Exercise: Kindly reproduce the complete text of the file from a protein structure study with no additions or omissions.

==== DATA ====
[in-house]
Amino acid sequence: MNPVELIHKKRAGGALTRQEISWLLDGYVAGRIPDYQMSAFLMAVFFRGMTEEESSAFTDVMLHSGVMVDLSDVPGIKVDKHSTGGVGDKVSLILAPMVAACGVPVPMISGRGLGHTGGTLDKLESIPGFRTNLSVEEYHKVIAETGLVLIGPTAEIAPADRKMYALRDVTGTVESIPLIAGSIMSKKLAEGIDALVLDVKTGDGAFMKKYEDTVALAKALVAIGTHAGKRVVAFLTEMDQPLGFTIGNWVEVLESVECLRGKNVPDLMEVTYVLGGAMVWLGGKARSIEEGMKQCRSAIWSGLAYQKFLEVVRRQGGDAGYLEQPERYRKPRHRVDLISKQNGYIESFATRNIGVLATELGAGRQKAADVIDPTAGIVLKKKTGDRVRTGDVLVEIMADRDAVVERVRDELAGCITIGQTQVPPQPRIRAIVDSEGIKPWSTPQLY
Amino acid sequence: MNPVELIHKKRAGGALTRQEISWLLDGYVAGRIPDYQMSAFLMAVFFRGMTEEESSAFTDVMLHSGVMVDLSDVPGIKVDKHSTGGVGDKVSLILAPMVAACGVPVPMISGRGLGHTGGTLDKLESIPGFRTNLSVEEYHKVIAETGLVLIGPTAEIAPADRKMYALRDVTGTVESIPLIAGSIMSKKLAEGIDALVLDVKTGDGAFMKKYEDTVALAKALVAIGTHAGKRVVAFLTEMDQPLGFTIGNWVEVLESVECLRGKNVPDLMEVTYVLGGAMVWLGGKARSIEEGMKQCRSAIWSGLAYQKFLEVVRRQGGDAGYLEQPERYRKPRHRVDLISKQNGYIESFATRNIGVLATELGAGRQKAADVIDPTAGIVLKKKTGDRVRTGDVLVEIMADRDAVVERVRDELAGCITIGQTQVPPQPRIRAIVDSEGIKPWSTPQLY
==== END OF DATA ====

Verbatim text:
[in-house]
Amino acid sequence: MNPVELIHKKRAGGALTRQEISWLLDGYVAGRIPDYQMSAFLMAVFFRGMTEEESSAFTDVMLHSGVMVDLSDVPGIKVDKHSTGGVGDKVSLILAPMVAACGVPVPMISGRGLGHTGGTLDKLESIPGFRTNLSVEEYHKVIAETGLVLIGPTAEIAPADRKMYALRDVTGTVESIPLIAGSIMSKKLAEGIDALVLDVKTGDGAFMKKYEDTVALAKALVAIGTHAGKRVVAFLTEMDQPLGFTIGNWVEVLESVECLRGKNVPDLMEVTYVLGGAMVWLGGKARSIEEGMKQCRSAIWSGLAYQKFLEVVRRQGGDAGYLEQPERYRKPRHRVDLISKQNGYIESFATRNIGVLATELGAGRQKAADVIDPTAGIVLKKKTGDRVRTGDVLVEIMADRDAVVERVRDELAGCITIGQTQVPPQPRIRAIVDSEGIKPWSTPQLY
Amino acid sequence: MNPVELIHKKRAGGALTRQEISWLLDGYVAGRIPDYQMSAFLMAVFFRGMTEEESSAFTDVMLHSGVMVDLSDVPGIKVDKHSTGGVGDKVSLILAPMVAACGVPVPMISGRGLGHTGGTLDKLESIPGFRTNLSVEEYHKVIAETGLVLIGPTAEIAPADRKMYALRDVTGTVESIPLIAGSIMSKKLAEGIDALVLDVKTGDGAFMKKYEDTVALAKALVAIGTHAGKRVVAFLTEMDQPLGFTIGNWVEVLESVECLRGKNVPDLMEVTYVLGGAMVWLGGKARSIEEGMKQCRSAIWSGLAYQKFLEVVRRQGGDAGYLEQPERYRKPRHRVDLISKQNGYIESFATRNIGVLATELGAGRQKAADVIDPTAGIVLKKKTGDRVRTGDVLVEIMADRDAVVERVRDELAGCITIGQTQVPPQPRIRAIVDSEGIKPWSTPQLY